Eggert recalls that their initial work was a pair of prototype simulations at Boston's Logan International Airport. The first one involved simulated surveillance, pseudopilots (a computer display that allowed a technician to control several simulated aircraft), and a controller. This simulation allowed the concept to be tested with realistic controller-pilot communications and aircraft motions. The second prototype used real, live surveillance data and showed runway status light operation as it would occur, but only on a computer display and on a model board with fiber-optic lights, not with real lights on the airfield.

The second simulation involved real data, a simulated controller, "pseudopilots," and a model board with light-emitting diodes. "We were given a room in the tower so we could watch the same data that the controllers saw," Eggert says. The conclusion of the initial work was that the radar technology at the time was insufficient to maintain the necessary high degree of proper signaling with a minimum of false alarms (which would reduce runway capacity). "If something is happening that would make it dangerous to continue what they are going to do, we want them to know," Shank says. "Otherwise, we don't want to interfere with operations because delays cost money." However, as technology improved, RWSL were installed at several airports. The first fully functioning operational prototype was installed at Dallas/Fort Worth International Airport (DFW), Texas, where a prototype Airport Surface Detection Equipment (ASDE-X) radar was installed. "It reduced runway incursions by 70% when tested at DFW," according to Eggert.

The four components of RWSL (as shown in the sketch of a typical airport) are Runway Entrance Lights (RELs), Takeoff Hold Lights (THLs), Runway Intersection Lights (RILs), and Final Approach Runway Occupancy Signal (FAROS). Each of the first three types of light has only two states: "On" (lights illuminate red) and "Off" (lights not illuminated). No third state exists; RWSL never, for example, displays green lights. The fourth component, FAROS, also has two states: "On" (lights illuminated white over red) and "Flashing" (lights flashing on and off).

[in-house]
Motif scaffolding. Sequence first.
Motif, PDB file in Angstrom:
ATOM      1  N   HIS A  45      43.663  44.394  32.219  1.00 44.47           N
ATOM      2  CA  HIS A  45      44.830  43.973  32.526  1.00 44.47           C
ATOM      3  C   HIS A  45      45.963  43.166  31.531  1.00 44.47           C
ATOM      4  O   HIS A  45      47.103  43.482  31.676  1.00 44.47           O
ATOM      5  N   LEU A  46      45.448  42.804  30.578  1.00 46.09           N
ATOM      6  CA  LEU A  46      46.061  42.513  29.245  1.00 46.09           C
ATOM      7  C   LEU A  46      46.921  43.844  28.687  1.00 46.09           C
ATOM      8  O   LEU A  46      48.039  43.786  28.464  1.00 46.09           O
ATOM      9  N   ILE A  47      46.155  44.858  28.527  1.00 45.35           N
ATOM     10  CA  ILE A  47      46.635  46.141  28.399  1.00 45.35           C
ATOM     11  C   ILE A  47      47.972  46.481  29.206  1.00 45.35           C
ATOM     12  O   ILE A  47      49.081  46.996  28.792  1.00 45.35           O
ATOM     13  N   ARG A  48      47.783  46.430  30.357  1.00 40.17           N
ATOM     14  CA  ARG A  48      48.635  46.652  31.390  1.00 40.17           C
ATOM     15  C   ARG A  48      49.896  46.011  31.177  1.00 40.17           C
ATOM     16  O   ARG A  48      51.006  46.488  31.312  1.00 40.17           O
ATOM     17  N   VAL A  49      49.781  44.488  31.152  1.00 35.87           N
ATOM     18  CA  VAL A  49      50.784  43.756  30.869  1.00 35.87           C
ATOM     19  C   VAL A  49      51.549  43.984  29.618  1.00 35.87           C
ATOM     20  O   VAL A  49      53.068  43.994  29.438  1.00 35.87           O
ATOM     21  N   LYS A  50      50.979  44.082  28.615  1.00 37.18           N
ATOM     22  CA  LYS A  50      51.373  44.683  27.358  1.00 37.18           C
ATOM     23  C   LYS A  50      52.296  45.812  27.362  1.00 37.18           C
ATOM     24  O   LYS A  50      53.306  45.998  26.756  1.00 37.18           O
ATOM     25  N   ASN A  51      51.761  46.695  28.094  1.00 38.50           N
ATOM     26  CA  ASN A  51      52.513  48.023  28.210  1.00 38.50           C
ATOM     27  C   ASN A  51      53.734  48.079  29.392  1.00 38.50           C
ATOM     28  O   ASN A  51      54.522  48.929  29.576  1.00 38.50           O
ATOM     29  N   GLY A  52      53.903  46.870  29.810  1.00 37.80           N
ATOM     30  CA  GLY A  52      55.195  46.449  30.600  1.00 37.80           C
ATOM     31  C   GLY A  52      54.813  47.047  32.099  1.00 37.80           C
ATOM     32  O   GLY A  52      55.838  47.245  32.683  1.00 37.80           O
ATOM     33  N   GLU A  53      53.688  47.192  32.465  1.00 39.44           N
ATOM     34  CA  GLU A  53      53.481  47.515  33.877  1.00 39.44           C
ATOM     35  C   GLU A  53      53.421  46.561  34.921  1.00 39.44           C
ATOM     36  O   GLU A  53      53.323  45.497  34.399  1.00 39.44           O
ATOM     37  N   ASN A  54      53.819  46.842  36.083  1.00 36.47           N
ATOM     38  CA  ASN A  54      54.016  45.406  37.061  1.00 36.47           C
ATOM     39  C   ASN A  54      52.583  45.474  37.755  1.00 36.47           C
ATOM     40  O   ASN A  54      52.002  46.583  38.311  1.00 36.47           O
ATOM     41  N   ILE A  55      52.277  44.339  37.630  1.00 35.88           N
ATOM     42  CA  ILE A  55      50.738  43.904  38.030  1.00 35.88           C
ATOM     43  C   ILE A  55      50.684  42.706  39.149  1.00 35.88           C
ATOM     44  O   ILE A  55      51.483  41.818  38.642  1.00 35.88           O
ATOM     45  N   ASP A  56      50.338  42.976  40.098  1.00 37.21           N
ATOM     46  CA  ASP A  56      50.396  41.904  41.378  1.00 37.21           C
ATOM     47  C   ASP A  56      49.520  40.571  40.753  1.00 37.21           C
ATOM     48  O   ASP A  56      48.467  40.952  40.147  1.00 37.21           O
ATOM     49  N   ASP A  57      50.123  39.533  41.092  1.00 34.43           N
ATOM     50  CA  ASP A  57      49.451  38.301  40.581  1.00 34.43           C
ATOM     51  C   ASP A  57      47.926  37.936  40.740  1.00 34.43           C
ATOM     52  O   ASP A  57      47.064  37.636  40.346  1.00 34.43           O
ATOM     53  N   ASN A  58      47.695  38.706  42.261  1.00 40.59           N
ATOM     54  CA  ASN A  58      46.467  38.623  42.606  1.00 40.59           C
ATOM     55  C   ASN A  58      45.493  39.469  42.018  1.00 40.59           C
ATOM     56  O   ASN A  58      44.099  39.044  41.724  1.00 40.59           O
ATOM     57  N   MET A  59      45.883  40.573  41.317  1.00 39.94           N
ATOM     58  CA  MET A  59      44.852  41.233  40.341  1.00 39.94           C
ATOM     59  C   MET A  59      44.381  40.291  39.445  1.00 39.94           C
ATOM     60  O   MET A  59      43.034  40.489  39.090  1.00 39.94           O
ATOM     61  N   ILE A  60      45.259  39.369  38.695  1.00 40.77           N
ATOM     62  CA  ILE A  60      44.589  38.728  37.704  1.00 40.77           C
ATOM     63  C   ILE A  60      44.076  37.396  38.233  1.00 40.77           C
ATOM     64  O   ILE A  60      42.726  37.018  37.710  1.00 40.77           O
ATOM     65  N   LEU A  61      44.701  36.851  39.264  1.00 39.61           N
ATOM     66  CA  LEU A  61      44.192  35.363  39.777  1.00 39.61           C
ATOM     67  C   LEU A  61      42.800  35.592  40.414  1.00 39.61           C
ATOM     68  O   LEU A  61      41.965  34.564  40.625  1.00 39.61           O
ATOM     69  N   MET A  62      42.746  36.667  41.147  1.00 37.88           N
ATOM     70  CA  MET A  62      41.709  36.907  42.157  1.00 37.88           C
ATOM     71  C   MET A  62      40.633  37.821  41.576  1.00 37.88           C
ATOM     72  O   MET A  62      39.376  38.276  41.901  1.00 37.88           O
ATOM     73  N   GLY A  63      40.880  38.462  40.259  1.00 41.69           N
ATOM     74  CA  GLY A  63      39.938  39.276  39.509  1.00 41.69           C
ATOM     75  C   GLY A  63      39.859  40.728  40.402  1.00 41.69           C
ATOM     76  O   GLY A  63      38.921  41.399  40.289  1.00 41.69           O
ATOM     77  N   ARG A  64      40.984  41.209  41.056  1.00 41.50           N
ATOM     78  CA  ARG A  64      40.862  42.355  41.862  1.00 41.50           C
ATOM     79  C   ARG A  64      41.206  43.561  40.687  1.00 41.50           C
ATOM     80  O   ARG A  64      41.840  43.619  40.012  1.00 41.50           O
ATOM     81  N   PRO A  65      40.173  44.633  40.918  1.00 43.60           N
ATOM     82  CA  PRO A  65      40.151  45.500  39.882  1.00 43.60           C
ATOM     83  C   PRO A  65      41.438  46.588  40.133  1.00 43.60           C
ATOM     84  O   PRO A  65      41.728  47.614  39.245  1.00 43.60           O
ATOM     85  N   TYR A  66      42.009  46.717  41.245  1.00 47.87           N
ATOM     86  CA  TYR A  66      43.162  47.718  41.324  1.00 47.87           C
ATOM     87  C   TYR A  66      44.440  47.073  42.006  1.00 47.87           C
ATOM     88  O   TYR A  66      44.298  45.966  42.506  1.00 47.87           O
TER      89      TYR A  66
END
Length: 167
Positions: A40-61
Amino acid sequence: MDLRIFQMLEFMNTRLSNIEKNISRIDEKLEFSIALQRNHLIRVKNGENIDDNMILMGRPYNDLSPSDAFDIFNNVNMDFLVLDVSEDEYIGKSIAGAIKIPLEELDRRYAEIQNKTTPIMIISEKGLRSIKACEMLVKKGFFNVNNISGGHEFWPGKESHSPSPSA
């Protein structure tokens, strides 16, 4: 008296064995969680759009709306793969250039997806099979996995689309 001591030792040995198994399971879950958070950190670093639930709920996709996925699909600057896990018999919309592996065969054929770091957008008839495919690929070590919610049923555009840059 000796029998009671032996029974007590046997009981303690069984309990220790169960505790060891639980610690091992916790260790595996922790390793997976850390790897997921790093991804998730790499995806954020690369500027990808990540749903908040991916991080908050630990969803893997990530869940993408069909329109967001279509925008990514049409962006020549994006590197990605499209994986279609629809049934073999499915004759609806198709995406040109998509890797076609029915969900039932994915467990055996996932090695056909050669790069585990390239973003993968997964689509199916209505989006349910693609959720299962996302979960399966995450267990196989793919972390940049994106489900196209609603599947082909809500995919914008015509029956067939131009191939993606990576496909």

Illustration of how RWSL workA typical airport environment supplied with an RWSL system will have four types of status indicators. The REL, THL, RIL, and FAROS components of RWSL are shown in their relative locations on and near active runways. (Click image to enlarge.)

RELs are placed at runway/taxiway intersections and are visible to a pilot taxiing toward a runway. They indicate to the pilot if it is unsafe to enter or cross a runway because it is currently or will soon be occupied by high-speed traffic, such as an aircraft taking off or landing, and the pilot should stop immediately. (For simplicity of description, the discussion in this note emphasizes aircraft-to-aircraft encounters, but it should be kept in mind that RWSL has also been shown to be effective in averting aircraft collisions with surface vehicles.)

THLs are placed on the runways to be visible to the pilot in position for takeoff. They indicate to the pilot that it is unsafe to take off because the runway ahead is occupied by another aircraft. If a pilot is holding on a runway when THLs illuminate red, the aircraft should remain in position. If a takeoff roll has begun when a pilot observes illuminated THLs, the pilot should stop the aircraft and notify ATC that the plane has stopped because of red THLs.

RILs are placed on runways approaching an intersection with another runway to indicate to a pilot in a takeoff or landing roll that the intersection ahead is unsafe to enter or cross because there is a potential conflict at the intersection. When RILs illuminate red, the pilot or vehicle operator should stop before the intersecting runway.